Archive for August, 2009

posted by Megan Wadsworth on Aug 23

I got the news through Facebook, the modern day water cooler.  ‘John Hughes is dead’ I said to my husband. His reaction was simply a distracted, ‘who?’ 

Who?! Good God I really am married to a foreigner.  There seems to be a run on dying famous people of late but this was the one that I felt most deeply. I look back at all those amazing films and realize how integral a part of my adolescence they were.  Those dark years were made a little lighter with those films. Sappy and sentimental – maybe -but true none the less. 

For the most part I’m pretty acclimated over here. Even my accent is changing. It’s something I can’t help even though I think it’s possible I sound like a twat. But every once in a while I am reminded of how different my husband’s and my upbringings were. This was definitely one of those times. I’m sure the Hughes films were popular over here but did they hold as much meaning? Did the UK youth watch them and feel validated? Did they quote lines from The Breakfast Club?

I was with a couple of girlfriends not too long ago and they were asking me all about how jocks and cheerleaders, geeks, goodie goodies and partiers and outcasts were portrayed in American films. Was it really like that in high school? I looked at them blankly. Yes. It was. One of the women went on to say she would have been a cheerleader and the other said she’d have been a goth chick. It was a fantasy for them.  It baffled me and intrigued me. What was it like at their schools? Did everyone sit together in a socialized ideal of equality and harmony? Somehow I doubt it but I guess I’ll learn more as my kids enter the school system. 

John Hughes captured that separation in such a profound intuitive way. He understood us. And when you’re young being understood is all you really want. 

My husband’s memory was jogged when I mentioned The Breakfast Club. ‘Oh yes’ he said, still unmoved. I asked what he related his youth too. He shrugged ‘music I suppose’ and I had guessed the same thing. Americans like music as well but the Brits aren’t snobs about it. They like the serious stuff by the countless well respected artists that have come out of the UK but they also like some of the worst bubblegum crap you have ever heard, with absolutely zero embarrassment about it.  Grown men and woman alike sing and dance around to hideously bad music like it was the coolest song ever played.  The older the song is the more nostalgic they become, singing even louder and dancing with even more conviction. I have found the best thing to do when caught in the middle of this is to join in. As a result I am no longer a music snob (not that I ever really was – I was always a closet pop fan) and enjoy it all much more.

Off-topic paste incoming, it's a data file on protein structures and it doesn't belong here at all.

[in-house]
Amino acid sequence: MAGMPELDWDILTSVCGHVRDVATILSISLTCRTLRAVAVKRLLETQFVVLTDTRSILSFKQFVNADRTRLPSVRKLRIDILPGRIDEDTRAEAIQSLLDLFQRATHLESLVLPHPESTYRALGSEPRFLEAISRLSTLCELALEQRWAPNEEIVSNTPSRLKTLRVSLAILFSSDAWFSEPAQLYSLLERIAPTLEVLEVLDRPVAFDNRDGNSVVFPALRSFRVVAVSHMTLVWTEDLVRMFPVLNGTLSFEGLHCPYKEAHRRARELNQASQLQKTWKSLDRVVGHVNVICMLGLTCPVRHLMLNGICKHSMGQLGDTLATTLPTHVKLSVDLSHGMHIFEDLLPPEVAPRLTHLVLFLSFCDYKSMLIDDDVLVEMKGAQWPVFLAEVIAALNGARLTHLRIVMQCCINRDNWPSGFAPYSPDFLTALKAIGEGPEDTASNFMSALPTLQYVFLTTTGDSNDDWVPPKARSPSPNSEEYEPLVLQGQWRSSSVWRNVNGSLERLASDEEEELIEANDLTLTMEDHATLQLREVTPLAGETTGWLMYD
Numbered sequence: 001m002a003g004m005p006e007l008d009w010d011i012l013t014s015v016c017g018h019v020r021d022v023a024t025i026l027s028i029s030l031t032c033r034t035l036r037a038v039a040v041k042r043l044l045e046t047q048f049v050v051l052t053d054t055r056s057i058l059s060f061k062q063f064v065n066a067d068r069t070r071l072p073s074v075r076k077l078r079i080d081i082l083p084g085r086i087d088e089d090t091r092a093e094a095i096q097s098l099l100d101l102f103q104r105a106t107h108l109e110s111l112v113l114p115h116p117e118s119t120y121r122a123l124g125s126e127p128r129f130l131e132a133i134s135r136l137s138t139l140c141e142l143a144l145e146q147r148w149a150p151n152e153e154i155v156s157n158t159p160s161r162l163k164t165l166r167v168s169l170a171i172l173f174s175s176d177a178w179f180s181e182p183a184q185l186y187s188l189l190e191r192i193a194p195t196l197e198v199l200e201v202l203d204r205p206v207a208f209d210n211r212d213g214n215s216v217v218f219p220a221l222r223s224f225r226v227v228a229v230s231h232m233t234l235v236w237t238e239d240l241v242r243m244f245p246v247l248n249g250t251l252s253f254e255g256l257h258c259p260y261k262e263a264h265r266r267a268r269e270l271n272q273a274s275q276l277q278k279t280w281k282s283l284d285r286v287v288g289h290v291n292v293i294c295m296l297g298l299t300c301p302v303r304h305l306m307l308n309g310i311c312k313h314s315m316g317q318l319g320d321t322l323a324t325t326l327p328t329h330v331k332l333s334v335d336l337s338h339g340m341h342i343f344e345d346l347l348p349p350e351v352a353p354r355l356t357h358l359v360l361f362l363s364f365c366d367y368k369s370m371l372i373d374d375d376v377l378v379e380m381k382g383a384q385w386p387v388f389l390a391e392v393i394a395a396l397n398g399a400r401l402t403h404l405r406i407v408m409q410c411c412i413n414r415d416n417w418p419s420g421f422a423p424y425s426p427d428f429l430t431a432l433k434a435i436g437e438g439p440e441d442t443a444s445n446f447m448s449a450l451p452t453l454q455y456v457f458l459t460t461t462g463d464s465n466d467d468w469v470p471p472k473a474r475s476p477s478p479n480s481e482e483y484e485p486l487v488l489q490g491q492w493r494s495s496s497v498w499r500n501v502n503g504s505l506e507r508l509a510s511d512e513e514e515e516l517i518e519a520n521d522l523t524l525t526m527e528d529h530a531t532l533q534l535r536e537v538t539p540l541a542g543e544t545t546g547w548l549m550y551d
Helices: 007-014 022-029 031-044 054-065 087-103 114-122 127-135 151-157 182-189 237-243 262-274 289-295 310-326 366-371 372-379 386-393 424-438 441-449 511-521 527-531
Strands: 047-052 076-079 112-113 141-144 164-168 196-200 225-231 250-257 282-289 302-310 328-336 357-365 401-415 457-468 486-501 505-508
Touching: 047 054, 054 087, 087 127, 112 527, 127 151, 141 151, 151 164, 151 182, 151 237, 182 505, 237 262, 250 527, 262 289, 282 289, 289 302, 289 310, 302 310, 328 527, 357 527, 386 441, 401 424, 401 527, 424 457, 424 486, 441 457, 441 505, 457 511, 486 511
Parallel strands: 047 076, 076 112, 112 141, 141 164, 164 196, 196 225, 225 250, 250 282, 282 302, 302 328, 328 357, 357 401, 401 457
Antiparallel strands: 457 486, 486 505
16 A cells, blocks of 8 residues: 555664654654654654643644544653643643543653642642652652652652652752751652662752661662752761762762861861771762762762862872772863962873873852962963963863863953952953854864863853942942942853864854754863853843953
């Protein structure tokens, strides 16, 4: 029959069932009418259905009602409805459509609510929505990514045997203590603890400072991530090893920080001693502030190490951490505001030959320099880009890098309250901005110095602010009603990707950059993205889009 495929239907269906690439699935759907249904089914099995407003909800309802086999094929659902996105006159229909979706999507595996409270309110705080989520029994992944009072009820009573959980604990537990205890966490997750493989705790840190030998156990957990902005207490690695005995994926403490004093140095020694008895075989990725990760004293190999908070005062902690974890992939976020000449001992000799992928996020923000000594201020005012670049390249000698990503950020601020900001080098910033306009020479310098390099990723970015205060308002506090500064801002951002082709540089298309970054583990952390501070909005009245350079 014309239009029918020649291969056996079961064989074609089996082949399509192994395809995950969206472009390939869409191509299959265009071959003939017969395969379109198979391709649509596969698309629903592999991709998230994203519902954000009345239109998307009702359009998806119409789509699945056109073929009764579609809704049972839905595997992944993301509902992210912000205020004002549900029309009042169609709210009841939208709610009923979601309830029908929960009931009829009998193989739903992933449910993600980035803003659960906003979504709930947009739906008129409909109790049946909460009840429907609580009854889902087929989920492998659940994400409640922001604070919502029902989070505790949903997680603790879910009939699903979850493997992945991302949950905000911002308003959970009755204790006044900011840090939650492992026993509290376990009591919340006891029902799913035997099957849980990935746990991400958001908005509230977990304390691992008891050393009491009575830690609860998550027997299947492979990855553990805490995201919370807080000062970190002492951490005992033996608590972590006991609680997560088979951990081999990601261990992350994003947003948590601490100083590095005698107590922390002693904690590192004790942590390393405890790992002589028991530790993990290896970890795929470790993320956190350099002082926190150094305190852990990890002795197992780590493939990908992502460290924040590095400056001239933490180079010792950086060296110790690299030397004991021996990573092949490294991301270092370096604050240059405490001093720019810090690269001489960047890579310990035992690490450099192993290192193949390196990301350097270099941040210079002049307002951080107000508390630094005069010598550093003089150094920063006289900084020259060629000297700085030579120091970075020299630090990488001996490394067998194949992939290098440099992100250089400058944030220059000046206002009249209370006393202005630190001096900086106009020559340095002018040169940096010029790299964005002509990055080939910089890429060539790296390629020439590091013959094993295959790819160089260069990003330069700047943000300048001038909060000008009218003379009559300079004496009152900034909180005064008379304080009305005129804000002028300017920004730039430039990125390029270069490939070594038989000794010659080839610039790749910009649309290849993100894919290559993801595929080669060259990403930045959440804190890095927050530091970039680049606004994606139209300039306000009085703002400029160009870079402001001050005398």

Film however, is for the most part, American. This is changing, but for me and those in my peer group it wasn’t only a past time it was our culture. Like the British with music, Americans aren’t snobs about film (for the most part anyway). What is dismissed as ‘over sentimental American crap’ in the UK draws huge crowds  stateside. We love to cry and feel through film. We are able to relate most of our life experiences to film. If not directly then indirectly in the way a smell reminds you of a summer vacation taken long ago. This fact irritates some over here as they think we are unable to separate fiction and reality and with the ‘poetic  licence’ Hollywood tends to take on historical films maybe they are right. It makes me cringe a little when I hear someone relate a real life tragedy to being ‘just like a movie’ but I also understand it.  Life will always imitate art and vice versa. This isn’t our doing we just have no qualms about admitting it.

Everyone has favourite films that impacted their lives the most. For me the Hughes teen flicks were some of the best… Sixteen Candles, Some Kind of Wonderful, Pretty in Pink and last but by no means least The Breakfast Club. Who was I? I was a combination of Claire and Allison. To say I was confused would probably be an understatement but John Hughes got it. He understood what our parents never could.  RIP Mr. Hughes. You’ll be missed.

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